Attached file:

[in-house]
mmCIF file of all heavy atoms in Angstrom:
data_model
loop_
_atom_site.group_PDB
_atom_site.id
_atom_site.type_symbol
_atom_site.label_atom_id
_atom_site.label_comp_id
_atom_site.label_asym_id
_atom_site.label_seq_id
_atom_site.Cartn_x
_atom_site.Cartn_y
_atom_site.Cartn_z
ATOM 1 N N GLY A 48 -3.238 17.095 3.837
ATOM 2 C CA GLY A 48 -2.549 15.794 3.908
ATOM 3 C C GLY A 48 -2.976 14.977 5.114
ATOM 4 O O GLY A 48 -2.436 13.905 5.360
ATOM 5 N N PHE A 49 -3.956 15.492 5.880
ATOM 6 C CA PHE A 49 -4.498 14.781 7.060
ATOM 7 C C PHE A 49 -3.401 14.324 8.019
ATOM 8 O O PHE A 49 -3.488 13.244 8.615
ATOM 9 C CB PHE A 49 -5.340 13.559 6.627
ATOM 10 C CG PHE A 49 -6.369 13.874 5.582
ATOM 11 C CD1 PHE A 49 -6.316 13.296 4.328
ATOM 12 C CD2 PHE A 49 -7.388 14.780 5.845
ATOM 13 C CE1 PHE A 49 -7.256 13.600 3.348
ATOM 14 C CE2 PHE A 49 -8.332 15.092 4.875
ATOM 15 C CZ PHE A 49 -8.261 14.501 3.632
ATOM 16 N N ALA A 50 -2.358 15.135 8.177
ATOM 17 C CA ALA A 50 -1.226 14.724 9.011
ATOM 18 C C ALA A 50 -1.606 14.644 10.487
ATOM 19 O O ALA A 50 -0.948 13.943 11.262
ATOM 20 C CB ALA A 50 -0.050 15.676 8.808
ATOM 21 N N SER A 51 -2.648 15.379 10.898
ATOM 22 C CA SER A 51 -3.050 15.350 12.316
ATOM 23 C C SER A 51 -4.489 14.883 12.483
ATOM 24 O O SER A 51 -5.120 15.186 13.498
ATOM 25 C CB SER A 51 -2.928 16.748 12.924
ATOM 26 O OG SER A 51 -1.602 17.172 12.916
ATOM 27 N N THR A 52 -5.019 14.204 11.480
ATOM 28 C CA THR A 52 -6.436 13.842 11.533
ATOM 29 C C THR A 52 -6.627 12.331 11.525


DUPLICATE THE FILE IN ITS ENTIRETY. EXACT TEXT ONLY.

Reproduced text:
[in-house]
mmCIF file of all heavy atoms in Angstrom:
data_model
loop_
_atom_site.group_PDB
_atom_site.id
_atom_site.type_symbol
_atom_site.label_atom_id
_atom_site.label_comp_id
_atom_site.label_asym_id
_atom_site.label_seq_id
_atom_site.Cartn_x
_atom_site.Cartn_y
_atom_site.Cartn_z
ATOM 1 N N GLY A 48 -3.238 17.095 3.837
ATOM 2 C CA GLY A 48 -2.549 15.794 3.908
ATOM 3 C C GLY A 48 -2.976 14.977 5.114
ATOM 4 O O GLY A 48 -2.436 13.905 5.360
ATOM 5 N N PHE A 49 -3.956 15.492 5.880
ATOM 6 C CA PHE A 49 -4.498 14.781 7.060
ATOM 7 C C PHE A 49 -3.401 14.324 8.019
ATOM 8 O O PHE A 49 -3.488 13.244 8.615
ATOM 9 C CB PHE A 49 -5.340 13.559 6.627
ATOM 10 C CG PHE A 49 -6.369 13.874 5.582
ATOM 11 C CD1 PHE A 49 -6.316 13.296 4.328
ATOM 12 C CD2 PHE A 49 -7.388 14.780 5.845
ATOM 13 C CE1 PHE A 49 -7.256 13.600 3.348
ATOM 14 C CE2 PHE A 49 -8.332 15.092 4.875
ATOM 15 C CZ PHE A 49 -8.261 14.501 3.632
ATOM 16 N N ALA A 50 -2.358 15.135 8.177
ATOM 17 C CA ALA A 50 -1.226 14.724 9.011
ATOM 18 C C ALA A 50 -1.606 14.644 10.487
ATOM 19 O O ALA A 50 -0.948 13.943 11.262
ATOM 20 C CB ALA A 50 -0.050 15.676 8.808
ATOM 21 N N SER A 51 -2.648 15.379 10.898
ATOM 22 C CA SER A 51 -3.050 15.350 12.316
ATOM 23 C C SER A 51 -4.489 14.883 12.483
ATOM 24 O O SER A 51 -5.120 15.186 13.498
ATOM 25 C CB SER A 51 -2.928 16.748 12.924
ATOM 26 O OG SER A 51 -1.602 17.172 12.916
ATOM 27 N N THR A 52 -5.019 14.204 11.480
ATOM 28 C CA THR A 52 -6.436 13.842 11.533
ATOM 29 C C THR A 52 -6.627 12.331 11.525